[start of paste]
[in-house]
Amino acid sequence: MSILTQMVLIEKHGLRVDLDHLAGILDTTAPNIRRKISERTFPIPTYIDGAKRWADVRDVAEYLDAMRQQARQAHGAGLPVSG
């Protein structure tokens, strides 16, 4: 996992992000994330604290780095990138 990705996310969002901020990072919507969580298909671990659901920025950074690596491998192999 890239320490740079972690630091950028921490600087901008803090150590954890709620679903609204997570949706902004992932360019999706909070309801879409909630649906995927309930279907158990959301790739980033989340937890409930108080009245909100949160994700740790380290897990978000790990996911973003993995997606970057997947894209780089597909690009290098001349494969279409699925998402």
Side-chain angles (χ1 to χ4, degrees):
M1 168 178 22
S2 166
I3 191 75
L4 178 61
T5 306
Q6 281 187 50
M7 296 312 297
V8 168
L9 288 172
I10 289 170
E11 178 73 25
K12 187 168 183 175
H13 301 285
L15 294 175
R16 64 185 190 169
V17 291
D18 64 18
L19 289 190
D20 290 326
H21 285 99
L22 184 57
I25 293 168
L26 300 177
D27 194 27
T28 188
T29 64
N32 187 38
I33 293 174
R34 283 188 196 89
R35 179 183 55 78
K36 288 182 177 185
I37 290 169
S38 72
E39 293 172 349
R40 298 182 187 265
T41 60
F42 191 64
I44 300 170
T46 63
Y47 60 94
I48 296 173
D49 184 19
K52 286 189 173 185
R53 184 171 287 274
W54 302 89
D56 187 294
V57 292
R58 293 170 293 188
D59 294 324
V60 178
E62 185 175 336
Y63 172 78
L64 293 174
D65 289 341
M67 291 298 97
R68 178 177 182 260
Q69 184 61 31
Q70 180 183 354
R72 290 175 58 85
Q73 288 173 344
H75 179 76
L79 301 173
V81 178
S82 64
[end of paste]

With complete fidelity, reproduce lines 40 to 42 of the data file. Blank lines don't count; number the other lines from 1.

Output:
T41 60
F42 191 64
I44 300 170